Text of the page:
Grow It Yourself - November

I attended a sustainability conference this week for Climate Finance Week hosted by Sustainable Nation and AIB that brought former UK climate change advisor Sr David King to Dublin. The weather before and after the event was biblical which was appropriate given that what we heard inside Dublin Castle was utterly, utterly terrifying. We become somewhat numb to the endless bad news about climate change, but it could be about to get a whole lot worse as feedback loops create an acceleration of the worst affects. Melting water sitting in lakes on top of arctic ice are absorbing sun light, heating up further and causing more rapid melting. In Siberian Russia, methane gas that was locked in the permafrost for millennia is literally exploding out of the earth, blowing 60 meter craters in the ice. The arctic vortex which generally sits in the atmosphere above the arctic, keeping it toasty cold is ‘meandering’, causing unheard of minus 18 degree C temperatures in Texas. 

The final speaker, Not Impossible Labs’ Mick Ebeling is a man that could inspire you to believe that there’s no problem that can’t be solved by human ingenuity and a commitment to change. I am naturally optimistic about the ability of citizens, chefs and companies to affect change, but it couldn’t stop my sense of foreboding that the next decade could be a horror show. The lack of tangible action in the face of the scientific consensus that this is our last chance, is made all the more frustrating by the fact that we know what to do to stop it but we simply lack the political will globally.

As if to reinforce that point, in the space of 24 hours Trump confirmed he was exiting the Paris Agreement and (not to be Out-Trumped) our own Taoiseach told the world that climate change may have some upsides and a ‘ledger’ of pros and cons to be considered. Ah…Leo.. improved winter temperatures in Ireland will not be of much benefit to us as a species if we no longer exist.

Of the many terrifying things Sr David had to say, the most terrifying of all was that the Chinese government (with their deep pockets) are hatching plans to buy up global supplies of rice to protect their citizens in the event of a total rice crop failure at home due to flooding. It’s a reminder in case it’s needed that if the proverbial hits the fan, it will be food that will be most important asset of all. In that context the continuing challenges faced by our own commercial growers and farmers and our lack of appreciation for the value of food is all the more alarming. Over 15 years ago we had over 400 veg growers in Ireland. That’s now down to under 150 and these growers and their generational knowledge continue to be lost in the face of aggressive supermarket discounting of veg, competition from imports and consumer apathy about the value of having an indigenous veg industry.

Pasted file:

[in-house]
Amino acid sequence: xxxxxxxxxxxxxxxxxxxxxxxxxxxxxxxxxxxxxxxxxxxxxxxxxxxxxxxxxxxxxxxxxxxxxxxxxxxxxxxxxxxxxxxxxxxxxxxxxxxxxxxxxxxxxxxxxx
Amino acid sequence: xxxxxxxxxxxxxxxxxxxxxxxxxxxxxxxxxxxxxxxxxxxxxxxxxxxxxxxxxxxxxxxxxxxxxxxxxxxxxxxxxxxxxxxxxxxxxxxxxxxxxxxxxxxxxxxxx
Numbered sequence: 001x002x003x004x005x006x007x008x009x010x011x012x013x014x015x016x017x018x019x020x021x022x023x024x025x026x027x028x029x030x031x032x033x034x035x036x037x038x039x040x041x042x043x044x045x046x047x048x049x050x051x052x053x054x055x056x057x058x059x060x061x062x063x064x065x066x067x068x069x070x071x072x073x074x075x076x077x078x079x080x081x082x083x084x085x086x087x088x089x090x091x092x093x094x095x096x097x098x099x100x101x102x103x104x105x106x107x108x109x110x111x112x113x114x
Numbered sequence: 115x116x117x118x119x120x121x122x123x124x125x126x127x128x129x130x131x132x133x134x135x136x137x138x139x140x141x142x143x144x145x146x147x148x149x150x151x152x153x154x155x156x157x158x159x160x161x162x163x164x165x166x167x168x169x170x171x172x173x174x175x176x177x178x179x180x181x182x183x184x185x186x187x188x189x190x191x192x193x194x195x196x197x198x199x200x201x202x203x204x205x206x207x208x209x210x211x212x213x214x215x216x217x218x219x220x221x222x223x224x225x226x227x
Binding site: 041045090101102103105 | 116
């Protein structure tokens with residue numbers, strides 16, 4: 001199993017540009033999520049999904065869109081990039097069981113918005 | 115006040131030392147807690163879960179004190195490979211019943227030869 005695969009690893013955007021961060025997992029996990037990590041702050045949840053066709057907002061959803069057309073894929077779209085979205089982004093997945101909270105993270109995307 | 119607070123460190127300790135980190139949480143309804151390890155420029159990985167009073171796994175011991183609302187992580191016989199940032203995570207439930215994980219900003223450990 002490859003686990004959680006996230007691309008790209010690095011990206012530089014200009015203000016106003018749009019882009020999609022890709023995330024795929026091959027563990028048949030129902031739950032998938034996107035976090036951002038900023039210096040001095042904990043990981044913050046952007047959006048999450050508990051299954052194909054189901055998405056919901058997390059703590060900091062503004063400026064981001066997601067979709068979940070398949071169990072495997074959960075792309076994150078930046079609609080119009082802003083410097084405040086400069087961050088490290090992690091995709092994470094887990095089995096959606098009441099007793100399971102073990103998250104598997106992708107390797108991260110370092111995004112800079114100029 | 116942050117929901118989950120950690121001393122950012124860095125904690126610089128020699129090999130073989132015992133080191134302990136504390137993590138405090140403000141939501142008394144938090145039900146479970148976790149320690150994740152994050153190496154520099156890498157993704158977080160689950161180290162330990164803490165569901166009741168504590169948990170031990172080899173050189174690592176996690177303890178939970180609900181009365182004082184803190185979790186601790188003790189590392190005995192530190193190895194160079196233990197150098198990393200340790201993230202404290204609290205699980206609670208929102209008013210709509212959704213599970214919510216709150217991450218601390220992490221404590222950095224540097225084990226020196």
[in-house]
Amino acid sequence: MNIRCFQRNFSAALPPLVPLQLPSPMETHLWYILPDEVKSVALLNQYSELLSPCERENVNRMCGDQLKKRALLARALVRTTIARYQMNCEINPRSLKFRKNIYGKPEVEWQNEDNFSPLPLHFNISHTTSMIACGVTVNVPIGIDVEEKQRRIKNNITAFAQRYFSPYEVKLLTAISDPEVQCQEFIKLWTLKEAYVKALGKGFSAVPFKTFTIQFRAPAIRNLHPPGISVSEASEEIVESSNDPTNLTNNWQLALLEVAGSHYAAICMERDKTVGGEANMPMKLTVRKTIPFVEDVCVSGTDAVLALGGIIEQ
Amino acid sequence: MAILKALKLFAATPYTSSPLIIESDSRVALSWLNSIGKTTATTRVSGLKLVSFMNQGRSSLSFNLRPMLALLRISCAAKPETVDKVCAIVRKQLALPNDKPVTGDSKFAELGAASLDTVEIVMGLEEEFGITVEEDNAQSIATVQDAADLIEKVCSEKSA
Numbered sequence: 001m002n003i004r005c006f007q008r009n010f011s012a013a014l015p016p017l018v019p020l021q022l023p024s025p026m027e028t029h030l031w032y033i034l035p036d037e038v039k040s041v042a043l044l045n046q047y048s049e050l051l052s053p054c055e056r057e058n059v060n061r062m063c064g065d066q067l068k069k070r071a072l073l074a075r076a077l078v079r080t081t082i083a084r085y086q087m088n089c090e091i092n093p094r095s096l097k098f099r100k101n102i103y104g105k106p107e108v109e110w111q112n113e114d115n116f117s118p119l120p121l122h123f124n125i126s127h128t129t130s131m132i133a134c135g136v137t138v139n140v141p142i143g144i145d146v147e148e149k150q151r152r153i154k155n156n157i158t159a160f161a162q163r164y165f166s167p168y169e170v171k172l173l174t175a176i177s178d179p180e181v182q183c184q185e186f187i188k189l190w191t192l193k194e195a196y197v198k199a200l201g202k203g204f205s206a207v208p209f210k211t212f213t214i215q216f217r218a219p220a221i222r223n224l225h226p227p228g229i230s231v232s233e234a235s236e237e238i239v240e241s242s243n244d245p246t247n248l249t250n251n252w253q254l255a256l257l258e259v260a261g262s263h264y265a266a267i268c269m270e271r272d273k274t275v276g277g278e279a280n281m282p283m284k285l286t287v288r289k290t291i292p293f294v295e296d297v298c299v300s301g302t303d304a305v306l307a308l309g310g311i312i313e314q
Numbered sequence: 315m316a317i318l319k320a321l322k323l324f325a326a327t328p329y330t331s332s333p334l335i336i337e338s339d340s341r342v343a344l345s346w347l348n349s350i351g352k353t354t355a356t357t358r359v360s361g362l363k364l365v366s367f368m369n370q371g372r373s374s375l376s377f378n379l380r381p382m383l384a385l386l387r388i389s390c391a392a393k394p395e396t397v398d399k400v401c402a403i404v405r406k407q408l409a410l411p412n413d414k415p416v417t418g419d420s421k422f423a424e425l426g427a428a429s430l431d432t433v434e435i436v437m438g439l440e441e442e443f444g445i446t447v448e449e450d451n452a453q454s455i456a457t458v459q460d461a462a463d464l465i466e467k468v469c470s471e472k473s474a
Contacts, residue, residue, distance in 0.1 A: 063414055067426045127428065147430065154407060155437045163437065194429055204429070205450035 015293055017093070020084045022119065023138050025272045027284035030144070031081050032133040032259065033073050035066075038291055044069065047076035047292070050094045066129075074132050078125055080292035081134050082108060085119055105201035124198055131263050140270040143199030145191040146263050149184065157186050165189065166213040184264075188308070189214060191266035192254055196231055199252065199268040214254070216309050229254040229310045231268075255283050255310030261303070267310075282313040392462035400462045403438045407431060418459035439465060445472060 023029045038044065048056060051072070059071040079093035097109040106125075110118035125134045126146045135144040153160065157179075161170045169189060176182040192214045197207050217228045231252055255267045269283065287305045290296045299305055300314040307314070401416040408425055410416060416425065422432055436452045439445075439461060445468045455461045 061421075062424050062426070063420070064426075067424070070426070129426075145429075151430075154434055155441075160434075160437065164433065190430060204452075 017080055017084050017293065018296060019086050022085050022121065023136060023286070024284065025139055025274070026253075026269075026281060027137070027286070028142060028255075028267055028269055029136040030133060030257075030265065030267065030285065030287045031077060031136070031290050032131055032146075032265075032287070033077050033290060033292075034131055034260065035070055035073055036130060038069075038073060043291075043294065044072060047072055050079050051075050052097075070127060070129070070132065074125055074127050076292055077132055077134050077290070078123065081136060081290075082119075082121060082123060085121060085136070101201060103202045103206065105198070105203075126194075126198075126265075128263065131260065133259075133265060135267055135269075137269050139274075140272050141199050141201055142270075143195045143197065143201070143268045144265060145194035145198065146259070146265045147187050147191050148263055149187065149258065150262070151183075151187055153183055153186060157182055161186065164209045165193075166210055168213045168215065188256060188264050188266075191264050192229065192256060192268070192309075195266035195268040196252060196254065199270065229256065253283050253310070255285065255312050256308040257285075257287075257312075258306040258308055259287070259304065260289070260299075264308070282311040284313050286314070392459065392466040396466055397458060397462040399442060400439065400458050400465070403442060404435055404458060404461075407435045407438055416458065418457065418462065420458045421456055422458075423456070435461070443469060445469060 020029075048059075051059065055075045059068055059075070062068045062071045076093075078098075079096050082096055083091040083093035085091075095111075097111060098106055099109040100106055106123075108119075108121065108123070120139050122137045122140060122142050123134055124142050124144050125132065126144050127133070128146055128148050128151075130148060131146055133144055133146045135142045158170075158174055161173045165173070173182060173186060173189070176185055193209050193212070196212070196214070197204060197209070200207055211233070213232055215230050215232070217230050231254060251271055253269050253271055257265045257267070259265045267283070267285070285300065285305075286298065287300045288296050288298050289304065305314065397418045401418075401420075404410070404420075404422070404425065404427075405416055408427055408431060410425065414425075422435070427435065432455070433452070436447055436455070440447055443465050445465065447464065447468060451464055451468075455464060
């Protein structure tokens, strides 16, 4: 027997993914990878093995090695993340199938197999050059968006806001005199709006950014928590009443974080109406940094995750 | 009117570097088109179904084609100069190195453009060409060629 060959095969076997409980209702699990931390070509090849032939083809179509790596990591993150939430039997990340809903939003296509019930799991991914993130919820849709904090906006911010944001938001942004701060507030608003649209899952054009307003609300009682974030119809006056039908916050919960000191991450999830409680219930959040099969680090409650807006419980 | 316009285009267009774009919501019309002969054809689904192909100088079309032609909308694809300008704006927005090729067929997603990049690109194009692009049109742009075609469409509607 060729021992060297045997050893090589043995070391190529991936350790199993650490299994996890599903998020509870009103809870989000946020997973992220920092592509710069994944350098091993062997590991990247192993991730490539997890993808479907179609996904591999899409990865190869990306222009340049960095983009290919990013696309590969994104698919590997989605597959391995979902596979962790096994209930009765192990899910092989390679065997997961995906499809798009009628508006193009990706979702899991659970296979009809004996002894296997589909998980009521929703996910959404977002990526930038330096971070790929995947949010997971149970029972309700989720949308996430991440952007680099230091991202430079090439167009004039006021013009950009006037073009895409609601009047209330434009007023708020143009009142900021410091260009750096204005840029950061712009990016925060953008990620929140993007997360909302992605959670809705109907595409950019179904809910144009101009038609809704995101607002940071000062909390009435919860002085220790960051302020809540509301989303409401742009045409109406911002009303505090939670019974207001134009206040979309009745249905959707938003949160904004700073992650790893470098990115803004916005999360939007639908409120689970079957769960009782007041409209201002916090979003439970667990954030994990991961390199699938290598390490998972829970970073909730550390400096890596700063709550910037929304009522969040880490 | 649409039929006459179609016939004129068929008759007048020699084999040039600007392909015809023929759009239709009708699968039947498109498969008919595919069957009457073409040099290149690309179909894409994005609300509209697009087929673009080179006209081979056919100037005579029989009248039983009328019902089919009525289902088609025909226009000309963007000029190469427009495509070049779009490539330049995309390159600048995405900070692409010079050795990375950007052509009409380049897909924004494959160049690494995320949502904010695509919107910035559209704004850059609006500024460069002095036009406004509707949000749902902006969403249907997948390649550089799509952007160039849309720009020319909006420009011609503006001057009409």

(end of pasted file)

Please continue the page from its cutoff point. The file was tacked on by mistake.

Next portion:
In the garden it’s been a frustratingly wet couple of weeks, and while I slosh around the veg patch in ever muckier wellies, I’m feeling worried for our commercial veg growing friends. Climate change makes their already enormously challenging commercial environment all the more precarious, and we have to face the reality that if things don’t change we won’t have Irish veg to buy. A third of the national potato crop is still in the ground where it must remain until things dry up a little. The national carrot and brussels sprout crops apparently are showing dangerous signs of climate stress. I think I know how they feel.

The Basics – Sow

In the face of such alarming news, growing your own food as always offers solace and positivity and the chance to make a statement about how sustainable you want your food choices to be. Though you might not think it, there are still some things you can sow at this time of the year. This is the ideal time for sowing garlic but you can also sow over-wintering onions, peas and broad beans. Broad beans are best sown direct in the soil. Level out the soil with a rake and then using the end of the rake, mark out two shallow rows (45cm apart). Place the broad beans on the surface of the soil in the rows, 15cm apart. How many beans to sow, really depends on how much you like broad beans and how much space you have available – I find 15-20 plants or so is more than enough for a serious crop. Using your finger, push the beans 5cm down in to the soil and then rake the bed again to cover the holes.

Recipe of the Week – Traditional Shepherd’s Pie

In the olden days, meat pies were done with left over stew and not with mince. The reheated stew was then topped with pastry or with mash potato (more traditional in Ireland). The diced lamb in GROW HQ’s Head Chef JB’s Traditional Shepherd’s Pie gives this a fantastic texture, and it’s full of in-season vegetables – garlic, carrots, parsnips and onions.


• 500g diced lamb
• 4 large tomatoes or 1 small tin of chopped tomatoes
• 2 garlic cloves
• 2 medium carrots
• 1 parsnip
• 1 large onion
• chopped rosemary leaves
• 200 ml good homemade chicken stock (made from the left-over bones of a roast chicken)
• pinch of salt
• 1 Tbsp cooking oil
• 700g nice buttery mash potato to cover the top


Fry off the diced lamb with a little cooking oil in a wide stock pot for 5 to 6 minutes until golden brown. Peel and slice the vegetables. Add the vegetables to the meat and fry off for 3 to 4 minutes.
Add the chopped garlic, rosemary and salt. Add the chopped tomatoes and the chicken stock and simmer on low heat for 2 to 3 hours until the meat start to become flaky. Pour the lamb stew into a pie dish, cover with mash potato and bake at 150 degrees celsius for 45 minutes.

Michael Kelly is an author, broadcaster and founder of GIY.

© GIY Ireland 2019 – all rights reserved.

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